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December 12, 2019

ProQR doses first patient in Aurora trial of retinal disease therapy

ProQR Therapeutics has dosed the first patient in a Phase I/II Aurora clinical trial to evaluate QR-1123 in patients with autosomal dominant retinitis pigmentosa (adRP).

ProQR Therapeutics has dosed the first patient in a Phase I/II Aurora clinical trial to evaluate QR-1123 in patients with autosomal dominant retinitis pigmentosa (adRP).

The first-in-human study, Aurora (PQ-1123-001), will initially include up to 35 adults with adRP due to the P23H mutation in the rhodopsin (RHO) gene.

Single-dose escalation (open-label) groups and multiple-dose escalation (double-masked) groups in the trial will receive intravitreal injections of QR-1123 or sham procedures in one eye.

The trial’s objective is to evaluate the safety and tolerability of QR-1123.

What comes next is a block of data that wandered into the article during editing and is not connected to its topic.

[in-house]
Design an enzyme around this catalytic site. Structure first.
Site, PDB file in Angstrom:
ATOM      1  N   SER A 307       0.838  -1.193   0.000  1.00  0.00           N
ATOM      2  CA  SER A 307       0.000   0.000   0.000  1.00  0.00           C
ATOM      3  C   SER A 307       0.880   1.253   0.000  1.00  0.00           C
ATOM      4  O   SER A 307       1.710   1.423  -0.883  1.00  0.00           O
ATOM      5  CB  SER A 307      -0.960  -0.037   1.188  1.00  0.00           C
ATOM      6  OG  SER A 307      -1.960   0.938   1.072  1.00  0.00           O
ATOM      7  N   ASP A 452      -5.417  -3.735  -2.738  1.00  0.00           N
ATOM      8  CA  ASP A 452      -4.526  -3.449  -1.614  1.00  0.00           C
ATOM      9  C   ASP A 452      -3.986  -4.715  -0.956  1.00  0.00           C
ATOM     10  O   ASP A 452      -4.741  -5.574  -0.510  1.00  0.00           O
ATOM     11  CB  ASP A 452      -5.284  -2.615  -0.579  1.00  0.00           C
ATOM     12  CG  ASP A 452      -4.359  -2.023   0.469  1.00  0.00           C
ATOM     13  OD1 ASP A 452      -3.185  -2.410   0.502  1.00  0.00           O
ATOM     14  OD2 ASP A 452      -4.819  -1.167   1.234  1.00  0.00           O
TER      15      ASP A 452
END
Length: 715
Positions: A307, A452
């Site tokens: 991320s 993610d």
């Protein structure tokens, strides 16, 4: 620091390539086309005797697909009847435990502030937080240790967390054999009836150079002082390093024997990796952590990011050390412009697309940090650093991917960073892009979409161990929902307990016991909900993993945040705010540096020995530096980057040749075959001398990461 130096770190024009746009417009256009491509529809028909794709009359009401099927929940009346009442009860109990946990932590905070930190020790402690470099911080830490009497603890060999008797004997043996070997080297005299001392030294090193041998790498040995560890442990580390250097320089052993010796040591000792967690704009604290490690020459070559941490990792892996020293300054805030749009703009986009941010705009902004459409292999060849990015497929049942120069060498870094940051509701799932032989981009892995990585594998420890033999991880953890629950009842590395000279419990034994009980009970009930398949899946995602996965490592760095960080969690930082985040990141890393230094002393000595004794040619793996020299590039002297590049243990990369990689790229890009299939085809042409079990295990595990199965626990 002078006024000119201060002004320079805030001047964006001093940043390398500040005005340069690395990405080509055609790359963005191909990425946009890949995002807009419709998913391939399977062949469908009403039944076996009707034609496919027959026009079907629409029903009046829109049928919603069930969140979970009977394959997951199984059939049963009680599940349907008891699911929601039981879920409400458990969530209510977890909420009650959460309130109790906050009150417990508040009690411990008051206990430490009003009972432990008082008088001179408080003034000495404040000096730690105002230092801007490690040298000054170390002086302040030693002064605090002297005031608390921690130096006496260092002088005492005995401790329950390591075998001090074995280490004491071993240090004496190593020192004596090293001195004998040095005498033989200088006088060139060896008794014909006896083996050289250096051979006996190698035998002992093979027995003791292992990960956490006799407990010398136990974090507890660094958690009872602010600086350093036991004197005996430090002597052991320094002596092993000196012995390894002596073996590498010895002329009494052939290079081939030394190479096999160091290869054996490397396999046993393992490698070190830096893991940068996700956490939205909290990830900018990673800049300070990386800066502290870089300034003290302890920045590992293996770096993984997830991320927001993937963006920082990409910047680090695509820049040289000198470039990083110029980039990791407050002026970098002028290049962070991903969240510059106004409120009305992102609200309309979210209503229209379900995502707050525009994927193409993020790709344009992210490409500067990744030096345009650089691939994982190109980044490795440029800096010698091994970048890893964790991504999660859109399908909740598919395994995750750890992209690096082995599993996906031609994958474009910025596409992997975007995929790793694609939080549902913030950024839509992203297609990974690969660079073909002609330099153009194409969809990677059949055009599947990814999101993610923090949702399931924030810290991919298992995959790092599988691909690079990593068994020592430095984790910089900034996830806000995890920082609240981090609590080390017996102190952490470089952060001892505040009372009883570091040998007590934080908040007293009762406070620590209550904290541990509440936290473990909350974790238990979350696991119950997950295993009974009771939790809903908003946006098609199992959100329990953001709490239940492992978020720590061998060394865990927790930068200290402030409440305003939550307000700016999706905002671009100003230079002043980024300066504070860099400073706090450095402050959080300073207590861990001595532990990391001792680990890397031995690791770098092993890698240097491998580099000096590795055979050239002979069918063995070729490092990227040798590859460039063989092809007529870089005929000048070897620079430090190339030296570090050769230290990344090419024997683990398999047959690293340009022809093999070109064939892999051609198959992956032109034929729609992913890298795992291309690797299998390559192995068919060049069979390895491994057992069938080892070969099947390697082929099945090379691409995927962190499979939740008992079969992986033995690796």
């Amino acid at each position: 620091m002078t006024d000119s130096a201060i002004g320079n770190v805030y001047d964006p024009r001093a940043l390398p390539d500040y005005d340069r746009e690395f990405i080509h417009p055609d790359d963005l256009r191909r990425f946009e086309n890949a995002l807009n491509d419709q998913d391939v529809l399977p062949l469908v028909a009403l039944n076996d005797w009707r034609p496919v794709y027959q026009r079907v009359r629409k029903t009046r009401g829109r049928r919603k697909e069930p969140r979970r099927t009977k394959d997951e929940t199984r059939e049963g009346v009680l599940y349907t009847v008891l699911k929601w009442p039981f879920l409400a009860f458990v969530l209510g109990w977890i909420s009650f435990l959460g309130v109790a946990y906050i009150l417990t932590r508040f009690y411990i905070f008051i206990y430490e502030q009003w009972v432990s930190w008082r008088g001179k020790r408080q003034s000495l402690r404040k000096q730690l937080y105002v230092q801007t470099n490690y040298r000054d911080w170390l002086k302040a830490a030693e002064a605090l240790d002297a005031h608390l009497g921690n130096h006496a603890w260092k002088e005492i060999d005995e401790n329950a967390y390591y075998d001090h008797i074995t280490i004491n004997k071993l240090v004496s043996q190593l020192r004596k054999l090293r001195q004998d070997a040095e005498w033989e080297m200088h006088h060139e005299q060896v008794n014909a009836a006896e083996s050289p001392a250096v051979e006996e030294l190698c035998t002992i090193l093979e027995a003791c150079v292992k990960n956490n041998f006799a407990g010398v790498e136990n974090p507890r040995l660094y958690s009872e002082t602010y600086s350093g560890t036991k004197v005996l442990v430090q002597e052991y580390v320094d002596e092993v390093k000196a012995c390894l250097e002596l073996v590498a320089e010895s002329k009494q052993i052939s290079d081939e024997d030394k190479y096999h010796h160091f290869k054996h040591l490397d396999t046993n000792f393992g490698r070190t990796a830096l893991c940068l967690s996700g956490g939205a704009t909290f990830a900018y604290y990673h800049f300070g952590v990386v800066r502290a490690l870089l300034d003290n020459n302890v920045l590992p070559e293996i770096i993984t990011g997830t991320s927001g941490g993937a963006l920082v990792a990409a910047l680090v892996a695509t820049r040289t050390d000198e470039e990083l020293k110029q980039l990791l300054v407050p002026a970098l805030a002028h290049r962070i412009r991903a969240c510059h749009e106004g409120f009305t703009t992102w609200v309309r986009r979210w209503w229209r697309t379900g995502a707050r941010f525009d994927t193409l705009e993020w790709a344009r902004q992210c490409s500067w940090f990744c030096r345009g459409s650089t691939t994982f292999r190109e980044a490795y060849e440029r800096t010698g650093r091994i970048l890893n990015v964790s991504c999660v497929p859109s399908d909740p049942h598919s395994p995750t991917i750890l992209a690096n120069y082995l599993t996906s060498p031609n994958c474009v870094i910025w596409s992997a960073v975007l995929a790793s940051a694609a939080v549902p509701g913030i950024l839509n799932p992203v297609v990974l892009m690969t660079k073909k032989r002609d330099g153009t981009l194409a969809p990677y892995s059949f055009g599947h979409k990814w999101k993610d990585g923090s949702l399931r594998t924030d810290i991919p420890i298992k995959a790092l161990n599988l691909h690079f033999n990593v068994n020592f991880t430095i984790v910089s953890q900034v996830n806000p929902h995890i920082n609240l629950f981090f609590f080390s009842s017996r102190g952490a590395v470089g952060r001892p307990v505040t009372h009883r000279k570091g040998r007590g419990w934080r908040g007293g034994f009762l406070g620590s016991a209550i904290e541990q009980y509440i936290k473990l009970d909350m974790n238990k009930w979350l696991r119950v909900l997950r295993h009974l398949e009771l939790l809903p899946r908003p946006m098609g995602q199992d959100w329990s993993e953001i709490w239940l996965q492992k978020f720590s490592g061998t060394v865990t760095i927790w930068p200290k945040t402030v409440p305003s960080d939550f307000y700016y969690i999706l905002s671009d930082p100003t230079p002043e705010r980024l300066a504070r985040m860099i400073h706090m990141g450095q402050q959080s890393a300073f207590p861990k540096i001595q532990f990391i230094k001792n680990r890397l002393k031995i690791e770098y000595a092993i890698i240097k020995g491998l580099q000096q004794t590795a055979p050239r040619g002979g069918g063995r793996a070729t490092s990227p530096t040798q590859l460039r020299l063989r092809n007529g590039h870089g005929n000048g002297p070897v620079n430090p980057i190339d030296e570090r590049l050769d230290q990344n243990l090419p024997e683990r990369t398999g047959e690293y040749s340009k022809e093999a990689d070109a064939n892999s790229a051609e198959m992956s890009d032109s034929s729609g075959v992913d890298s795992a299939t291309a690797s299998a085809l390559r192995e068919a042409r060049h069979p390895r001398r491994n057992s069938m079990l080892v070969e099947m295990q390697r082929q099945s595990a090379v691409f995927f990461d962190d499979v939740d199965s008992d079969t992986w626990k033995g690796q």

ProQR Therapeutics Research & Development executive vice-president David Rodman said: “QR-1123 aims to block expression of the toxic mutated rhodopsin protein in the retina thereby targeting the underlying cause of the vision loss associated with adRP due to the P23H mutation.

“We are excited to have started a clinical trial for the third RNA therapy in our inherited retinal disease pipeline.”

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ProQR will also assess efficacy as measured by improvement of visual function and retinal structure through ophthalmic endpoints such as visual acuity, visual field and optical coherence tomography.

The company plans to perform the trial at expert sites in North America and expects initial data in 2021.

QR-1123 was in-licensed from Ionis Pharmaceuticals last year and will be administered through intravitreal injections in the eye.

The therapy is a first-in-class investigational RNA-based oligonucleotide that has been designed to potentially treat adRP.

It specifically binds the mutated RHO mRNA and aims to inhibit the formation of the mutated toxic version of the rhodopsin protein.

QR-1123 secured Orphan Drug designation in the US and Fast Track designation from the FDA.

adRP, a severe and rare genetic disease, causes progressive problems in night vision during childhood and leads to visual field loss. It frequently results in blindness in mid-adulthood.

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